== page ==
composed of: J.C. Moitinho de Almeida, President of the Chamber, G.C. Rodríguez Iglesias, Sir Gordon Slynn, F. Grévisse and M. Zuleeg, Judges,

Advocate General: C.O. Lenz,

Registrar: J.A. Pompe, Deputy Registrar,

after considering the written observations submitted on behalf of

The Upjohn Company and Upjohn NV, by C.J.J.C. van Nispen, of the Hague Bar,

Farzoo Inc. and J.A.W.M.J. Kortmann, by I.G.F. Cath and M.J. Geus, of the Hague Bar,

the Spanish Government, by J. Conde de Saro, Director-General for Community Legal and Institutional Co-ordination, and R. Silva de Lapuerta, Abogado del Estado, of the Community Legal Affairs Department, acting as Agents,

the French Government, by E. Belliard, Deputy Director of the Legal Affairs Directorate in the Ministry of Foreign Affairs, and S. Grassi, Secretary for Foreign Affairs in the said ministry, acting as Agents,

the Italian Government, by O. Fiumara, Avvocato dello Stato, acting as Agent,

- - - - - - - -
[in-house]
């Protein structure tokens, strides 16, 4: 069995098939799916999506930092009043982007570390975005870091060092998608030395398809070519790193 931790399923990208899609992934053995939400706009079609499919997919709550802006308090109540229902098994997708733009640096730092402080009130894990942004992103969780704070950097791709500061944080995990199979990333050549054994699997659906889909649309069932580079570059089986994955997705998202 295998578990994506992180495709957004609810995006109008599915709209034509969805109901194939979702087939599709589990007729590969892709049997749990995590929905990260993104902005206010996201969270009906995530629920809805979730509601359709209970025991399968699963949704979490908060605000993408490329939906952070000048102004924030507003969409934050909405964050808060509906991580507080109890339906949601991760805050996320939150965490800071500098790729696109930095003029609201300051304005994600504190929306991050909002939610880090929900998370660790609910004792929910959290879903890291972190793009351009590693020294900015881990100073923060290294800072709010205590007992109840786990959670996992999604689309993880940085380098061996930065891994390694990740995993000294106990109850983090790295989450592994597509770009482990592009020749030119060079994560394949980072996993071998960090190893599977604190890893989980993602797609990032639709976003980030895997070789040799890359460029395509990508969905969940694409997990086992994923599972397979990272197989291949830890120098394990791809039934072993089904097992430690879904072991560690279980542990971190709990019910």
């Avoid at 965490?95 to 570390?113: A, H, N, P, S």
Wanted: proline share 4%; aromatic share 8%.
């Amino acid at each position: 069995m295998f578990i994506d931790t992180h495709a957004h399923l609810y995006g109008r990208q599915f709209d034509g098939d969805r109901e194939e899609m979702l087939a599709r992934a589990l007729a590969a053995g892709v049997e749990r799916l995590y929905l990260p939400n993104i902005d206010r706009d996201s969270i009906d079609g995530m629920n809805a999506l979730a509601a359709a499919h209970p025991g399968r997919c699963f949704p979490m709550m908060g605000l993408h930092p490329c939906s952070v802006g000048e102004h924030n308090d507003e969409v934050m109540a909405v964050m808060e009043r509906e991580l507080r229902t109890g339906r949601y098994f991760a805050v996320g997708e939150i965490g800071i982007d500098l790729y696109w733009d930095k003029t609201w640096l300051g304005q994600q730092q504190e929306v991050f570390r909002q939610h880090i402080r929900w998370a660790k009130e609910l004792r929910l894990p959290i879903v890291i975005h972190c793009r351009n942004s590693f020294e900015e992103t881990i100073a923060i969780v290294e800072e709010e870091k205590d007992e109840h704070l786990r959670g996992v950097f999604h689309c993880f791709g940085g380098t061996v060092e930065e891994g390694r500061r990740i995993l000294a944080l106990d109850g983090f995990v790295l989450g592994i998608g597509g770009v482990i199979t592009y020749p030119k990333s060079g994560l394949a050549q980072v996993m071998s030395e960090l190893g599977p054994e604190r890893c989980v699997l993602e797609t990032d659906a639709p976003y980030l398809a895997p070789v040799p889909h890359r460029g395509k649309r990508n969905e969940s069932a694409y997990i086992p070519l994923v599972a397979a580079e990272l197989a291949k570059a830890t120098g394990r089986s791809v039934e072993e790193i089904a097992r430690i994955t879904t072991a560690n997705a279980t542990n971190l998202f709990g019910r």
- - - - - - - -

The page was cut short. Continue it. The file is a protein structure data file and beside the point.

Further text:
the United Kingdom, by J.A. Gensmantel, of the Treasury Solicitor' s Department, acting as Agent, assisted by J.G. McK. Laws, Barrister, and

the Commission of the European Communities, by R. Barents, a member of its Legal Department, acting as Agent,

having regard to the Report for the Hearing,

after hearing oral argument from The Upjohn Company and Upjohn NV, from Farzoo Inc. and J.A.W.M.J. Kortmann, represented by I.G.F. Cath, from the Spanish Government, represented by R. Silva de Lapuerta, from the Italian Government, from the United Kingdom, represented by D. Wyatt, Barrister, and from the Commission at the hearing on 15 January 1991,

after hearing the Opinion of the Advocate General delivered at the sitting on 19 February 1991,

gives the following

Judgment

Grounds


1 By judgment dated 31 March 1989, which was received at the Court on 6 April 1989, the Hoge Raad der Nederlanden referred to the Court for a preliminary ruling under Article 177 of the EEC Treaty two questions on the interpretation of Council Directive 65/65/EEC of 26 January 1965 on the approximation of provisions laid down by law, regulation or administrative action relating to proprietary medicinal products (Official Journal, English Special Edition 1965-1966, p. 20) and Council Directive 76/768/EEC of 27 July 1976 on the approximation of the laws of the Member States relating to cosmetic products (Official Journal 1976 L 262, p. 169), with a view to obtaining a more precise definition of the concept of "medicinal product" in Community law and of its delimitation from the concept of "cosmetic product".